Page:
“The stakeholders and relevant parties will continuously be consulted,” he added.

The energy chief, however, did not say how much the shortfall in capacity in Mindanao would be by the end of the year. He disclosed earlier that the government expected a power supply shortage of only 50 megawatts on the island by 2011, if all the hydropower plants continued to operate at full capacities.

Should the country experience another El Niño as what happened earlier this year, the deficit would become bigger.

“Mindanao, in the past, has been reliant on hydroelectric power
for its affordability. However, in light of a protracted dry season this year, questions on its reliability have been made apparent,” Almendras said.

Mindanao sources more than half of its electricity requirements from hydropower sources, with the Agus-Pulangi hydropower complex providing about 900 MW.

Due to its heavy reliance on this particular source, Mindanao has been the most adversely affected by the prolonged drought this year as the reduced water levels at the dams drastically cut power-generating capacities to less than 10 percent.

“The DOE is keen on placing short-term solutions which will [lead] to a solution with more permanency. While placing secure and quality sources of energy is a major concern for Mindanao, the DOE is also putting emphasis on more power-generation investments from diverse sources on the island,” he added.

Almendras earlier said that he wanted the Mindanao grid to have at least 500 MW in base load generation from non-hydro sources like coal to insulate the island from severe power outages and unstable supply in the near future.

As of Wednesday, the Mindanao grid posted a power supply deficit of 117 MW.

Power curtailment hits Mindanao anew

The Philippines Star
By Roel Pareno
September 18, 2010

ZAMBOANGA CITY, Philippines-
Power curtailment has again hit a vast area of Mindanao just as President Aquino expressed hope that he could end the power crisis on the vast island before his term ends in 2016.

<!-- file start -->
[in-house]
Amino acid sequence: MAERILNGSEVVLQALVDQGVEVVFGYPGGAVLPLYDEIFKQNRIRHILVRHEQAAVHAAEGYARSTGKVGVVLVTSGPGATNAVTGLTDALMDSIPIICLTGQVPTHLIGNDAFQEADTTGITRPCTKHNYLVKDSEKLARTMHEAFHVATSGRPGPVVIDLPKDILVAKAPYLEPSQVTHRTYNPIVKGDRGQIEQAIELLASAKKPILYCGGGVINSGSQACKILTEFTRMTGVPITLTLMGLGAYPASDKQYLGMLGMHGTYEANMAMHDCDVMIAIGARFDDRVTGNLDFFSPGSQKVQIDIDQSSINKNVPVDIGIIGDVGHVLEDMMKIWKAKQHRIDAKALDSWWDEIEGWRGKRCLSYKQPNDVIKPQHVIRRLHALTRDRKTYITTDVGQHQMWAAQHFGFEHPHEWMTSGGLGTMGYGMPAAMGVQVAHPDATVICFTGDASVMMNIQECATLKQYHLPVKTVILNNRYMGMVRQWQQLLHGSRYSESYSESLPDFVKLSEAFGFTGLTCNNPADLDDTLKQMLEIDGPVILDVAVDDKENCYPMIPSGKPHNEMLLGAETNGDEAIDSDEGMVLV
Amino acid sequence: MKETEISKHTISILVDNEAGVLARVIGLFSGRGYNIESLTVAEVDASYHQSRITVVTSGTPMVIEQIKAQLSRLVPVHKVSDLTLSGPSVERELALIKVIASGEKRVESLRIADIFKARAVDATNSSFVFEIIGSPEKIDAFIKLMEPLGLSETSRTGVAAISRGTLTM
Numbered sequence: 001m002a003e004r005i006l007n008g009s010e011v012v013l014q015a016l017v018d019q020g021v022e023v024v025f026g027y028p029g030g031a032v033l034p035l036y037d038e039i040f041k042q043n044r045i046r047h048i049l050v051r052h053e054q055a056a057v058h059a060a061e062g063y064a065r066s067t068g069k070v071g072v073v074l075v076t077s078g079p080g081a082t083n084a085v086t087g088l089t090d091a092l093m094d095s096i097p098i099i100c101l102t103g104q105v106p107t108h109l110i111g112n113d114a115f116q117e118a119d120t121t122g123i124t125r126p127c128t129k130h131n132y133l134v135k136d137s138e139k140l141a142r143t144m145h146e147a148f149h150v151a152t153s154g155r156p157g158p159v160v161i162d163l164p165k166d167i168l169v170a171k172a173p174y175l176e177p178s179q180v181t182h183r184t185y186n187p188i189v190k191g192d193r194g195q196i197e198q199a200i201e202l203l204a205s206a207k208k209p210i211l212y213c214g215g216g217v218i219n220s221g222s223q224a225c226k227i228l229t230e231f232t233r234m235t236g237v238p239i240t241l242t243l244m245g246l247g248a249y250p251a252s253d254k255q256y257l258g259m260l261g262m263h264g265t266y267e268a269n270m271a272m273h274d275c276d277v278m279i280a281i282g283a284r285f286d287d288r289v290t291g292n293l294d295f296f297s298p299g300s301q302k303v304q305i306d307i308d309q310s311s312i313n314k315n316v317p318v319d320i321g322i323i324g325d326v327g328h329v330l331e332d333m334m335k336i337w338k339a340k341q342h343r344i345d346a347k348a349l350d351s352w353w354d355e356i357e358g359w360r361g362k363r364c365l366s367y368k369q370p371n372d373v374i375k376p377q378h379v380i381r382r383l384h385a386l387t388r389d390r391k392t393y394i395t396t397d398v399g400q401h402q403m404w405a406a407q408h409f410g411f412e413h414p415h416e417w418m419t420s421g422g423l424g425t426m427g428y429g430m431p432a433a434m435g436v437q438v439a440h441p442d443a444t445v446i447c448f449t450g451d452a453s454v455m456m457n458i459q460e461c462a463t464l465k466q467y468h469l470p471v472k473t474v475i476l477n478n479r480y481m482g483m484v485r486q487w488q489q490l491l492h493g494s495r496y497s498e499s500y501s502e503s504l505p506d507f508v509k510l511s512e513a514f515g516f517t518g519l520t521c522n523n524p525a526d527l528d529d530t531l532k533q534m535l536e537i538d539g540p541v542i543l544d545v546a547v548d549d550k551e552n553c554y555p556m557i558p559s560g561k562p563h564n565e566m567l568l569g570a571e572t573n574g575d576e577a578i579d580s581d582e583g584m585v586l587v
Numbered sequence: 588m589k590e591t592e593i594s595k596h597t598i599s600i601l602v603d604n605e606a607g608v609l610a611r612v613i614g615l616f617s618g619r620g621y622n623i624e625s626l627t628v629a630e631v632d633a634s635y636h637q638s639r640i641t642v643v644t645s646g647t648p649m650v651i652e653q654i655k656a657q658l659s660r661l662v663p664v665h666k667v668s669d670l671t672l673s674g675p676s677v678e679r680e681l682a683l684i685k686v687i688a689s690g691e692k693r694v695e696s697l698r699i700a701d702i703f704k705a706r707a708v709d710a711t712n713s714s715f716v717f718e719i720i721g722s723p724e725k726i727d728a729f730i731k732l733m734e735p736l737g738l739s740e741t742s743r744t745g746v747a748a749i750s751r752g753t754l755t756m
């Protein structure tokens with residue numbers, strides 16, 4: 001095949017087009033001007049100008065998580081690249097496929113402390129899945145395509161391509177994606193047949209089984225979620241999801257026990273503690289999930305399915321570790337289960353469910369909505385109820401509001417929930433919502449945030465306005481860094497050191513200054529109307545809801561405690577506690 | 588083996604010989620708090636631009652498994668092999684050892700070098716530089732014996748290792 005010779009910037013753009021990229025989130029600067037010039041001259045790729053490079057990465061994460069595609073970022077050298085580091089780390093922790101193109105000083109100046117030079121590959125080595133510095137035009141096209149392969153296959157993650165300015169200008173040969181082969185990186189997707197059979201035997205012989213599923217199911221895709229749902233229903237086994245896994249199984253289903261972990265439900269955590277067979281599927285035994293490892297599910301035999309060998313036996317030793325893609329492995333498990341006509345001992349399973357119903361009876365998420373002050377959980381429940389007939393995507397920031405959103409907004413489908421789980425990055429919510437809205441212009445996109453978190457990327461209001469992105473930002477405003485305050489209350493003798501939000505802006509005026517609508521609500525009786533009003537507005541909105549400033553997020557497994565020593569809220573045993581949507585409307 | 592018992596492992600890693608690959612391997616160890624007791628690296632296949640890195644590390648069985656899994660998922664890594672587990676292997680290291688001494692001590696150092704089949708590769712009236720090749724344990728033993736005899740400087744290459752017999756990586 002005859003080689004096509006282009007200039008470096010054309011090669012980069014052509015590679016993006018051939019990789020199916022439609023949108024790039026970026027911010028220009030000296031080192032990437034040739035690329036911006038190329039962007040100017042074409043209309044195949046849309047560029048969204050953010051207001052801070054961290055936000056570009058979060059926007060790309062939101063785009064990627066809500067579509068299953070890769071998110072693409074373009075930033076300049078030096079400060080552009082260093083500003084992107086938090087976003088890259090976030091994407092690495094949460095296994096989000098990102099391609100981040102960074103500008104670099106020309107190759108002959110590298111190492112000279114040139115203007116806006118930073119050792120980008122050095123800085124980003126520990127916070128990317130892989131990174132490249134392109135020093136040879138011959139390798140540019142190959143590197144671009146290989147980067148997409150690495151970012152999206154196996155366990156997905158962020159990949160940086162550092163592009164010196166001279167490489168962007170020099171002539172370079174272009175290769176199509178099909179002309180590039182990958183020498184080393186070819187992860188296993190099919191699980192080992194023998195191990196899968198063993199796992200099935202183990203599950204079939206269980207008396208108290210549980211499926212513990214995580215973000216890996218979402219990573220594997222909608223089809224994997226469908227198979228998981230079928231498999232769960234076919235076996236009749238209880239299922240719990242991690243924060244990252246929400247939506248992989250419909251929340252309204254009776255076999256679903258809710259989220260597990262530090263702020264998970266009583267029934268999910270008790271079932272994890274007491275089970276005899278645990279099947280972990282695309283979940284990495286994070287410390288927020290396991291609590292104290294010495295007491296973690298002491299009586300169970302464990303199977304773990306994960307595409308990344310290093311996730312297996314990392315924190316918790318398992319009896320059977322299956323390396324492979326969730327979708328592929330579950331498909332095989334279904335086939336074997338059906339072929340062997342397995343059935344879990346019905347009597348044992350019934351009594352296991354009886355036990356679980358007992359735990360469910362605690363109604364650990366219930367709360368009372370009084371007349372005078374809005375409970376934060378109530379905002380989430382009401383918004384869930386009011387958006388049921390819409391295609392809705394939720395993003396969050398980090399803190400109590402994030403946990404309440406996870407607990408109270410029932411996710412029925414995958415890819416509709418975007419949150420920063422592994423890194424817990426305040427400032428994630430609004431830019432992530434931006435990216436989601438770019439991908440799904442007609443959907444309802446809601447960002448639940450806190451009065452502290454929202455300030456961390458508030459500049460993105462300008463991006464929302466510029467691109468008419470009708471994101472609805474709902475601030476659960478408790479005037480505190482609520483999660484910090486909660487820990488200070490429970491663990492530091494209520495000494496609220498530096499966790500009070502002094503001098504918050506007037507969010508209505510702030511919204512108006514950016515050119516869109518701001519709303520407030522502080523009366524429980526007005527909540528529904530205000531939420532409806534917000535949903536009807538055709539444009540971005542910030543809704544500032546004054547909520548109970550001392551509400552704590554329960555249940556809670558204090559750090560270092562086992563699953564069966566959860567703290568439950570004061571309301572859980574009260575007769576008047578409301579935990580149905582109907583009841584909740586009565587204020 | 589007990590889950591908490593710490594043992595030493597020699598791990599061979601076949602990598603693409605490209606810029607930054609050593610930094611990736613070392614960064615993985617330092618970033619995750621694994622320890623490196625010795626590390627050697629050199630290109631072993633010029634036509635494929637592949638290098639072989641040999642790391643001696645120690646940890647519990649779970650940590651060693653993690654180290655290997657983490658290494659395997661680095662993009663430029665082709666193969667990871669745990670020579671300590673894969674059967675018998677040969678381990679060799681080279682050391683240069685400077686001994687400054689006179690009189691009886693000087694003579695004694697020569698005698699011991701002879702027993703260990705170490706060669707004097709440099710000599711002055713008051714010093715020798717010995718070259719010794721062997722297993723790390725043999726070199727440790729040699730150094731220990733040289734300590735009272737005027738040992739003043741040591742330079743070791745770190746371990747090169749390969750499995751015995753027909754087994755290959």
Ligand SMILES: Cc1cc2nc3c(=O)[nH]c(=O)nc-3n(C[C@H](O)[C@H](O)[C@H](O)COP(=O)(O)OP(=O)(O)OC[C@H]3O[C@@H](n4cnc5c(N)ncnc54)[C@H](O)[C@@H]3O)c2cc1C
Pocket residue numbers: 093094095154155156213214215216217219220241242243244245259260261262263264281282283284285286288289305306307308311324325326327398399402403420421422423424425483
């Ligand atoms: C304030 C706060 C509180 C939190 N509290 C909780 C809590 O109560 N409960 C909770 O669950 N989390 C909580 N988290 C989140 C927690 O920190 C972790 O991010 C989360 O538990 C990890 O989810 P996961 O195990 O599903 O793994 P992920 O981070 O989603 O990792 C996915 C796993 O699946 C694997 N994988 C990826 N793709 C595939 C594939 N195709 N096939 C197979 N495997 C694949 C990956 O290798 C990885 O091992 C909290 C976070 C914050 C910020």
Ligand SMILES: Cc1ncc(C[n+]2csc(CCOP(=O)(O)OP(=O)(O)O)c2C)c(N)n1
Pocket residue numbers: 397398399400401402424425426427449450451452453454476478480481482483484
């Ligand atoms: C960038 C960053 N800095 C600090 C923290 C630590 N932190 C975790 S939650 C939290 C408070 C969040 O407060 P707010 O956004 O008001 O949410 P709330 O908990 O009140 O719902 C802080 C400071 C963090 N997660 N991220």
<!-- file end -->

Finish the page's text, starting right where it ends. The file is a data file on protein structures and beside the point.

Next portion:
This, as the National Grid Corporation of the Philippines (NGCP) issued a red alert notice not because of dwindling water levels but of technical problems in power plants.

Mindanao, which is largely dependent on hydroelectric power, has been experiencing power shortage due to low water supply since February due to the El Niño-caused dry spell.

In an alert notice issued to the Zamboanga City Electric Cooperative (Zamcelco), NGCP manager Reynerio Ramos said two-hour curtailment in the power supply will again be experienced daily.

The NCGP said it issued the red alert notice effective yesterday, explaining that its contingency reserve is already zero due to planned outage of the Pulangi 4 hydroelectric power plant; the Agus 6, which is supplying only 20 megawatts; and the emergency shutdown of Agus 2.

The power curtailment was also due to the reduced capability of the Agus power plants and the Pulangi hydroelectric plant.

The non-operation of the APTM1 and APTM2 power barges due to transmission line constraints also contributed to the power curtailment.

Mr. Aquino, who was in Davao del Sur Thursday to inaugurate the 42.5-MW Sibulan hydropower project, which is seen to make a significant contribution to the Mindanao power grid, was hoping the power crisis in Mindanao, which he described as a “nightmare,” would be over soon.